Immigration and globalization

Forgive this rambling blog entry. I’m not in the mood to give it perfect structure. Read on:
This whole immigration issue makes me angry. To be clear, I’m angry at the people who think that we should be treating illegal immigrants as criminals in society, who think that America is better with closed borders, and/or that somehow Americans deserve low-cost goods by standing on the shoulders of other countries without any attempt to help share or bear the burden.
I believe:
– philosophically, that America was founded by immigrants with the intention of creating a land where all people were welcome and treated equally. That includes immigrants from Central and South America if they choose
– that those people who want a chance at the American Dream should make some effort to legally integrate into our society
– that our government should not make it ridiculously difficult for those people to immigrate
– that most Americans are too stupid or ignorant to realize that globalization is here to stay, that immigration is an aspect of globalizattion, and that globalization is in fact good for all humans worldwide
I personally am fully involved in the global economy. I have personally travelled to both China & India to our ‘outsourced’ facilities. I’ve read "The world is flat." Every argument I’ve seen against globalization or immigration appears to be born out of fear of the unknown or selfishness.
Fear of the unknown:
– Remember Ross Perot’s famous "giant sucking sound" comment about NAFTA? That was about 12 years ago and his argument was a great example of playing to people’s fear. I for one would love for folks to point out to me any critical examination of the economy since NAFTA went into place to show that things turned out as badly as the nay-sayers claimed
– Too many folks fear that their jobs will be taken by immigrants. You cannot look at this without seeing the whole spectrum: cost, value, and competence. If I could pay someone else half of what I pay you for the same quality work, shouldn’t I take that opportunity? Isn’t that what capitalism is all about? If an immigrant can do your job just as well at a cheaper cost, then they deserve the job. Over time, the wages paid to immigrants will rise (I see this happening in a way in India), and eventually, both you and they will be paid more or less on the same scale (modulo the cost of living, but that varies within the US from city to city & state to state so that’s unique to the immigration issue). Am I naive in believing that a true global economy will more or less be a meritocracy?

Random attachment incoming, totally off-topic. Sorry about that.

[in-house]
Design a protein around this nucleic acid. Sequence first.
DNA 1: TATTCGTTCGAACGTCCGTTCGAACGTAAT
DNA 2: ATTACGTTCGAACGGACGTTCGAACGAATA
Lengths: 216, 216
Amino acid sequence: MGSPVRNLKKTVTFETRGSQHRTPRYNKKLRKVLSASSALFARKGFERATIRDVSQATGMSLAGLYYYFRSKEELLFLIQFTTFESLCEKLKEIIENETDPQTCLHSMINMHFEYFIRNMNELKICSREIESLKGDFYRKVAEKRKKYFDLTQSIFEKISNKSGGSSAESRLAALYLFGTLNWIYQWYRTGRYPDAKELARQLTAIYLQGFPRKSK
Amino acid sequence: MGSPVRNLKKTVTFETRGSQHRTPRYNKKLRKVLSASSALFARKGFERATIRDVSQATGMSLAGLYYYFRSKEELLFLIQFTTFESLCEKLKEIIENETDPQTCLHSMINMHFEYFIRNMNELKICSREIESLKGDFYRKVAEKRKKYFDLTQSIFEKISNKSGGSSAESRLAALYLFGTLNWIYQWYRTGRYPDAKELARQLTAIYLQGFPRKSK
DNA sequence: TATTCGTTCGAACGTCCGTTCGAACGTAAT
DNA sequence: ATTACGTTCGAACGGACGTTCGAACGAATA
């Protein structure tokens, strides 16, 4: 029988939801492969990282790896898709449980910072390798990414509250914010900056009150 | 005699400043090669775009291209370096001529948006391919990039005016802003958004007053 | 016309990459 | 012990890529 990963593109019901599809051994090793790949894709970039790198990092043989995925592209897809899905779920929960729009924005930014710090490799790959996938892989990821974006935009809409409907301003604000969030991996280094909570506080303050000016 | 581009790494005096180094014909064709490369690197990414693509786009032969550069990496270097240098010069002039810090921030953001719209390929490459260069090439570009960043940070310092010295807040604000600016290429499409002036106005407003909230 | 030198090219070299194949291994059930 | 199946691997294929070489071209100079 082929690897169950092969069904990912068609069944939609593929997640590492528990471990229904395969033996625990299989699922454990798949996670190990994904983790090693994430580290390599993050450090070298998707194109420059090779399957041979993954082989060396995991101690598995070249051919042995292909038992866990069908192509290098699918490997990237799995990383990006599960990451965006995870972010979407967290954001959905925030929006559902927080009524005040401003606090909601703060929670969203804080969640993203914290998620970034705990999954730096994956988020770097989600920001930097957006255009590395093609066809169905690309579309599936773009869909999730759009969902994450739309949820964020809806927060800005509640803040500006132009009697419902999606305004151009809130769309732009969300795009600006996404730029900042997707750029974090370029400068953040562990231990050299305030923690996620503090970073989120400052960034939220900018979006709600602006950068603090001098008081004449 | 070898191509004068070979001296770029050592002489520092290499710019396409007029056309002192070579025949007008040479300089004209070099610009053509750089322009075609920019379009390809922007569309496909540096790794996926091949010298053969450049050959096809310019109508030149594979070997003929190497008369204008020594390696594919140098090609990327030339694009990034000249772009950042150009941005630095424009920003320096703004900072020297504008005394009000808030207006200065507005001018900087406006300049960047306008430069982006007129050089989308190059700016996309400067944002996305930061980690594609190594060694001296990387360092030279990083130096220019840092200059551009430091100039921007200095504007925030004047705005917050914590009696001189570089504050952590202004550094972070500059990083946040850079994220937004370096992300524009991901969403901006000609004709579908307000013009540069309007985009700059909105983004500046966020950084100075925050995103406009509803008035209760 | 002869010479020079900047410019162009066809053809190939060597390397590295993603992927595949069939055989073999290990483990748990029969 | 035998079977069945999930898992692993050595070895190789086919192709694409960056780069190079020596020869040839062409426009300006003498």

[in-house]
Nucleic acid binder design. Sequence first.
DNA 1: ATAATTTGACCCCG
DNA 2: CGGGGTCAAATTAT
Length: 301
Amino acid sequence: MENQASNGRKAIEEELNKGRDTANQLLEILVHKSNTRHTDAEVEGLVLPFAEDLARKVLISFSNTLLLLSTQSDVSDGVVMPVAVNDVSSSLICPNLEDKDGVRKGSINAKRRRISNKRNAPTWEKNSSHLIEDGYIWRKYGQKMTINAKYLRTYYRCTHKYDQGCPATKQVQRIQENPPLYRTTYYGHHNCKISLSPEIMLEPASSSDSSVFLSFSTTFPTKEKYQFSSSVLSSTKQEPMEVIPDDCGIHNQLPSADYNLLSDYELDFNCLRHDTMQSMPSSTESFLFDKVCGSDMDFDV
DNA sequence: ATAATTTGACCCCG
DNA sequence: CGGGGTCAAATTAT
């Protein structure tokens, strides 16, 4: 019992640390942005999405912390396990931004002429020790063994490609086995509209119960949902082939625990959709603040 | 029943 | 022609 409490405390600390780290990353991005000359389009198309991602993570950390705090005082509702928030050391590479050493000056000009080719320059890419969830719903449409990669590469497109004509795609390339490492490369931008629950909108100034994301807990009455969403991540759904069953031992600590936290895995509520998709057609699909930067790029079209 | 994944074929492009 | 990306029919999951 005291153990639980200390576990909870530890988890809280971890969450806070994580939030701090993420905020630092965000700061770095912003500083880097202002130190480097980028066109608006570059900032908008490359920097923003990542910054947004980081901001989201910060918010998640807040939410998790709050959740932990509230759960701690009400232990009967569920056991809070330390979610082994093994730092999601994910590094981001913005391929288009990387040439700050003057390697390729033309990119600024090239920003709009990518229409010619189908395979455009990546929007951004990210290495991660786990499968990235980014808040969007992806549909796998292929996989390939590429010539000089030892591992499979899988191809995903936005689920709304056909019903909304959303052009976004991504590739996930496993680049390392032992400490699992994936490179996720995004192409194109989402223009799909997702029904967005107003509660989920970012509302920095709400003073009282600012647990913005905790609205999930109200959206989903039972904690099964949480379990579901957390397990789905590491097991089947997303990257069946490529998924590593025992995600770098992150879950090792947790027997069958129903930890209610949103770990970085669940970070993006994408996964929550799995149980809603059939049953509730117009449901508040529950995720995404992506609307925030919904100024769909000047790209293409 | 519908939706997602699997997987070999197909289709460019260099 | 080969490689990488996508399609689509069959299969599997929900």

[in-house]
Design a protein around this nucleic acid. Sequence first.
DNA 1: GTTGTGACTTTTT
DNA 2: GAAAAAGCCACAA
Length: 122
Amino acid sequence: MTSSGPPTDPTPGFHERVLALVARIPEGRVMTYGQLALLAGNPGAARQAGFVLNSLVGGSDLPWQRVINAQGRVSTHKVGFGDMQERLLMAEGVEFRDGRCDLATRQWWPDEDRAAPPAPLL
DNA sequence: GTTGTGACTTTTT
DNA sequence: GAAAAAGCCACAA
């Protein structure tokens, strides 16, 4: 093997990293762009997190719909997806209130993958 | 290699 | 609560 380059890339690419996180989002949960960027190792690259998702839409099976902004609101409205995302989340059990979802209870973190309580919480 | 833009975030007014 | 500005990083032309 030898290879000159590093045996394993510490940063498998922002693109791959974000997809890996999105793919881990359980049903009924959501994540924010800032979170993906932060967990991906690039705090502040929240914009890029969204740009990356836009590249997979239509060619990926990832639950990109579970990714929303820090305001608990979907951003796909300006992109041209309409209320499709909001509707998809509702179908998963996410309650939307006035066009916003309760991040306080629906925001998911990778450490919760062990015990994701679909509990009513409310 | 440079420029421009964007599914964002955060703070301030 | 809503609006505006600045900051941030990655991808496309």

– Most Americans want their cake & to eat it too. They want to buy their SUVs (that they never use for Sporting or Utilitating) but they want to fill their tank cheaply. They want to buy inexpensive goods at the store, but they want their own wages to be as high as possible. As far as I can tell, Americans are either ignorant of how the supply chain works, or willing to exploit others so that they can reap the benefits of cheap labor so that their widget can be bought at CostCo for some low price. It doesn’t occur to them that when they buy something, they’re supporting everyone through the whole chain, from manufacturing to shipping to the basic ingredients, and that everyone along that chain wants (and is entitlred to!) their piece of the pie too
My view on globalization:
– As I said, I’ve been to China & India. I love the people who work on our products there. They’re smart, they’re motivated, they’re helping us build great products. And not one of them ‘stole’ a job from some American. It isn’t some zero-sum game here. They’re simply adding to the mix. Too many Americans refuse to acknowledge that. Globalization isn’t going to drain America of job opportunities. It might change the jobs we do, but you know what? If we’re smart and motivated, those new jobs will be even better than the old ones.
So here’s what I think it comes down to:
Globalization is painful in the short term. It causes price fluctuation. Jobs will move. Quality might suffer. But over time the entire ecosystem improves. We’re just operating on a grander scale than humans have ever done before. You can either embrace the changes, or fear & fight them.
Give the immigrants a chance. Make it easy for them to become members of society. Welcome them. Let them work (and let society reap the benefits of all those workers who are not part of the tax base instead of outside of it). I for one support their Day of Protest today. Let people be inconvenienced and therefore come to realize the value that these people add to our society.
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1 Response to Immigration and globalization

  1. Ken says:

    well put – the only thing though is I think the US needs to come up with a better process of allowing immigrant workers to come to the United States in a legal fashion so that they do not need to resort to trying the illegal route of either just crossing the border, or \’jumping off the planes\’ as people in my country usually refers to (i.e. arrive via some means, and then disappear into the void in the US).
    Hey I am moving to a new job and I would be doing some China travelling too – I am really looking forward to it!

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